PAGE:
(13) Patients with suspected colon tumors but negative on barium enema X-ray examination.
(14) CT or other examinations of the abdomen found thickening of the bowel wall, and colorectal cancer needs to be excluded.
(15) Lower gastrointestinal bleeding, bleeding lesions can be found, the cause of bleeding can be determined, and bleeding can be stopped under a microscope if necessary.
(16) Patients who have had schistosomiasis, ulcerative colitis and other diseases.
(17) Colonoscopy should be reviewed regularly after colorectal cancer surgery. Patients after colorectal cancer surgery generally need a colonoscopy every 6 months to 1 year.
If the colonoscopy fails to check all the colon due to colonic obstruction before surgery, colonoscopy should be performed 3 months after surgery to determine whether there are colon polyps or colon cancer in other parts.
(18) Those who have been found to have colon polyps and need to be removed under colonoscopy.
(19) Colonoscopy needs to be reviewed regularly after colorectal polyps.
Colorectal polyps may recur after surgery and should be reviewed regularly.
Villiform adenoma, serrated adenoma, and high-grade epithelioma polyps are prone to recurrence and cancer. It is recommended to review colonoscopy every 3-6 months.
For other polyps, it is generally recommended to review the colonoscopy every 12 months.
If the colonoscopy is negative after the recheck, recheck after 3 years.
(20) Those with a family history of colorectal cancer should undergo colonoscopy.
If one person in the family has colorectal cancer, his immediate family members (parents, children, siblings) should have a physical examination and colonoscopy even if they have no symptoms or discomfort.
A large number of studies have proved that if a person has colorectal cancer, the probability of his immediate family members (parents, children, siblings) getting colorectal cancer is 2-3 times that of the normal population.
(21) People with a family history of colorectal polyps also need to undergo colonoscopy.
(22) People over the age of 40, especially those who have a long-term high-protein and high-fat diet and long-term alcoholism, are best to undergo a colonoscopy routine physical examination to detect asymptomatic early colorectal cancer as soon as possible.
Special reminder: Do not treat bloody stool as hemorrhoids!
1. Blood in the stool ≠ hemorrhoids!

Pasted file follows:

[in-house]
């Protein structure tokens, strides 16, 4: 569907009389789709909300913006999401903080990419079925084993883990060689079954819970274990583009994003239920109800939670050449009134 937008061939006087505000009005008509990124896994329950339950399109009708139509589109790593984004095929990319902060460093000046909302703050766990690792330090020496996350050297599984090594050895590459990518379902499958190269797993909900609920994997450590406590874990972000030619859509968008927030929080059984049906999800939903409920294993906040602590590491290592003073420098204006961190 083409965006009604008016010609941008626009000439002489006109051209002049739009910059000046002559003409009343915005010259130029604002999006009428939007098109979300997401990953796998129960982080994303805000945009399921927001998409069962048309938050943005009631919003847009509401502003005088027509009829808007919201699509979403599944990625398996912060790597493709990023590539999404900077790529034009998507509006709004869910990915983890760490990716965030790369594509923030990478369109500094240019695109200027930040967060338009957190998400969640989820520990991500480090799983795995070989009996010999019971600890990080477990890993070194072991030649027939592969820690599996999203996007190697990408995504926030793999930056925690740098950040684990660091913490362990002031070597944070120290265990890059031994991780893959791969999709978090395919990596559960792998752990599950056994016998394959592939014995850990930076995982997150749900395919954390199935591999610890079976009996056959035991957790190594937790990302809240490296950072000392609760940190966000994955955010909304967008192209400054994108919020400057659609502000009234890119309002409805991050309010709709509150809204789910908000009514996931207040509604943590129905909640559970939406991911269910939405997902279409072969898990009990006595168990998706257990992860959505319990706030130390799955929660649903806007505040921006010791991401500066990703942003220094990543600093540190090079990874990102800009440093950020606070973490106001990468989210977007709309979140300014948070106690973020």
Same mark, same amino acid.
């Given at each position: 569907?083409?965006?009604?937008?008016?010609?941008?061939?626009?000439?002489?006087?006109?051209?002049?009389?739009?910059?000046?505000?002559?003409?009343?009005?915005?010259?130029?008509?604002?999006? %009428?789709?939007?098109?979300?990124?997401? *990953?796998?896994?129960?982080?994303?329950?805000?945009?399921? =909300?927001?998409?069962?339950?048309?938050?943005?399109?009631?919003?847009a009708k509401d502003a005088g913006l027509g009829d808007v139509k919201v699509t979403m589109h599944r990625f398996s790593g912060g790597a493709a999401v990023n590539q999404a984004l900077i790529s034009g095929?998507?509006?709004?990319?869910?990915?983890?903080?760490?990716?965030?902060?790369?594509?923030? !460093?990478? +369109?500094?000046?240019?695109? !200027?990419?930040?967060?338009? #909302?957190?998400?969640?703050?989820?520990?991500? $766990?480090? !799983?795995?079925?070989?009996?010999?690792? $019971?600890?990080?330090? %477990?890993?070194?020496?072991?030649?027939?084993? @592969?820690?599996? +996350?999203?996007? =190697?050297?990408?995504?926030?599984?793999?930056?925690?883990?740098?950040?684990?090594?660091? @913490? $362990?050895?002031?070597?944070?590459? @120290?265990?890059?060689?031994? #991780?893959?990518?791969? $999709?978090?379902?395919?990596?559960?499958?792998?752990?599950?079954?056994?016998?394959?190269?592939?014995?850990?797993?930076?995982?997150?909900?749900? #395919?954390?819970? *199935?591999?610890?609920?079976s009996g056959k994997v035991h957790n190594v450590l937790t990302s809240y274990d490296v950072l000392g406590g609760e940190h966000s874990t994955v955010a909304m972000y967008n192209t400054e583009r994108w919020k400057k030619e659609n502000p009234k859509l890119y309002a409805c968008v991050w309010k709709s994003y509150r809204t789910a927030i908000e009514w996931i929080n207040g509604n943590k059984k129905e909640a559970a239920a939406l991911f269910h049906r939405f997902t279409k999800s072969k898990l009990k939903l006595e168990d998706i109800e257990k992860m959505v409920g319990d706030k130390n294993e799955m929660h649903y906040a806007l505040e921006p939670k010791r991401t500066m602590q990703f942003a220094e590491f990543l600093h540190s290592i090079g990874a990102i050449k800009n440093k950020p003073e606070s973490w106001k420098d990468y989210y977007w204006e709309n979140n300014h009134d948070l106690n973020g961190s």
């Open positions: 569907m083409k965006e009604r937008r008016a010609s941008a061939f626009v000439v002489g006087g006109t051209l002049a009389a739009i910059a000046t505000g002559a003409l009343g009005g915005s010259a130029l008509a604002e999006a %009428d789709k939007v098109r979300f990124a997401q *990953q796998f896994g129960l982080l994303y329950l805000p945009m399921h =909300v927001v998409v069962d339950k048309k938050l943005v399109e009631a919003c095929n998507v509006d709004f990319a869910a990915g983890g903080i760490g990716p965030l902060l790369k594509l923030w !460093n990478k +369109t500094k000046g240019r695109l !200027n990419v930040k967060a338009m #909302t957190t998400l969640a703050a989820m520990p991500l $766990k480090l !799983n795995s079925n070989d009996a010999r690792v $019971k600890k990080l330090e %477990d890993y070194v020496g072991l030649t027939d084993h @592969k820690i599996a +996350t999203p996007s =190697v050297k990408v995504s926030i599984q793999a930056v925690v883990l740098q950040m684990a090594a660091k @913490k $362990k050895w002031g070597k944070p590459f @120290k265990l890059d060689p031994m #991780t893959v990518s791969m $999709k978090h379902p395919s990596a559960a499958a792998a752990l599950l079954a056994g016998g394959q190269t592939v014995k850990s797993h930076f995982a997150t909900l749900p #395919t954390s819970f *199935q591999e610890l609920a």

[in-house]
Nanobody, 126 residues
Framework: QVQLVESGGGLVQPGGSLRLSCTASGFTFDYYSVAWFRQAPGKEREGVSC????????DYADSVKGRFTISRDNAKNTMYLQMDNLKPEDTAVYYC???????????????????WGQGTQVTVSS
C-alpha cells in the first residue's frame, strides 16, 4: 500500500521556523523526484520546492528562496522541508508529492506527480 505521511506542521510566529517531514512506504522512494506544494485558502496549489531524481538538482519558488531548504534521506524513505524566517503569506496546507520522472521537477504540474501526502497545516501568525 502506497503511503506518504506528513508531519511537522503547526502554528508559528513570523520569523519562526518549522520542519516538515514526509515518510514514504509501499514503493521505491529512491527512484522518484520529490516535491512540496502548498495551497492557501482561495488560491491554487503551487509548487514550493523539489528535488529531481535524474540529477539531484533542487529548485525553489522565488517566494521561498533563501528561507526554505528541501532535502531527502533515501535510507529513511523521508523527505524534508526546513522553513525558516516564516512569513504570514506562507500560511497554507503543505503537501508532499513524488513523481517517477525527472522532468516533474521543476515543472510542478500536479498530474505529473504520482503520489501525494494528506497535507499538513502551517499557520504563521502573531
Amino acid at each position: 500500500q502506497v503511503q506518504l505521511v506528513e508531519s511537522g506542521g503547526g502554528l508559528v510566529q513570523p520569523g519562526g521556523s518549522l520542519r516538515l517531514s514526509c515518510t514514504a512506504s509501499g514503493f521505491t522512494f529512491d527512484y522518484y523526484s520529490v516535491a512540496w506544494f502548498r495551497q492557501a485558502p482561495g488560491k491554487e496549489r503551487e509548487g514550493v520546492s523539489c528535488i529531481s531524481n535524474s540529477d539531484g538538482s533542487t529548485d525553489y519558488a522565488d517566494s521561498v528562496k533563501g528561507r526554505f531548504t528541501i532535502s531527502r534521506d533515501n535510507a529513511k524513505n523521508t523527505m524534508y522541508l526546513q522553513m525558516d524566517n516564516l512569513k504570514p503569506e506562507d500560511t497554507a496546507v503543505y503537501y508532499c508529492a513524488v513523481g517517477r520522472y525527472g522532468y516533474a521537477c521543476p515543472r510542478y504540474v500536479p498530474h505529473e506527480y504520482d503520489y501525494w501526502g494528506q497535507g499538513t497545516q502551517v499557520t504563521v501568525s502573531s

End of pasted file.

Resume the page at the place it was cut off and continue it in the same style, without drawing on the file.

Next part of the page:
The incidence of hemorrhoids is very high, and blood in the stool is the most common clinical manifestation of hemorrhoids, so many people think that blood in the stool is caused by hemorrhoids. This view is extremely wrong, because many other diseases can also cause blood in the stool, such as colon cancer, rectal cancer, anal fissure, and rectal hemangioma.
2. Hematochezia is the most important clinical manifestation of colorectal cancer.
At the same time, blood in the stool is also a common symptom of dozens of anorectal diseases such as hemorrhoids, anal fissure, and enteritis. Therefore, it is impossible to determine the true cause of the disease based on blood in the stool. When hematochezia and melena recur, go to a regular hospital for colonoscopy in time to avoid delay in diagnosis.
3. Hemorrhoids will not cause rectal cancer, but hemorrhoids can be accompanied by rectal cancer at the same time.
Hemorrhoids are a benign disease that will not evolve into rectal cancer, but patients who have hemorrhoids can also get rectal cancer. It should be taken seriously.
4. Patients with hemorrhoids with blood in the stool should be highly suspected of rectal cancer.
The main symptoms of hemorrhoids and rectal cancer are blood in the stool. Some patients have a history of hemorrhoids, so as long as they have blood in the stool, they are considered to be bleeding from hemorrhoids. The blood in the stool caused by rectal cancer will also get better after hemorrhoid suppository treatment, but after a period of time, blood in the stool will appear again, recurring, and it will not heal for a long time.
At this time, you should go to a regular hospital as soon as possible for a digital rectal examination and colonoscopy to rule out the possibility of colorectal cancer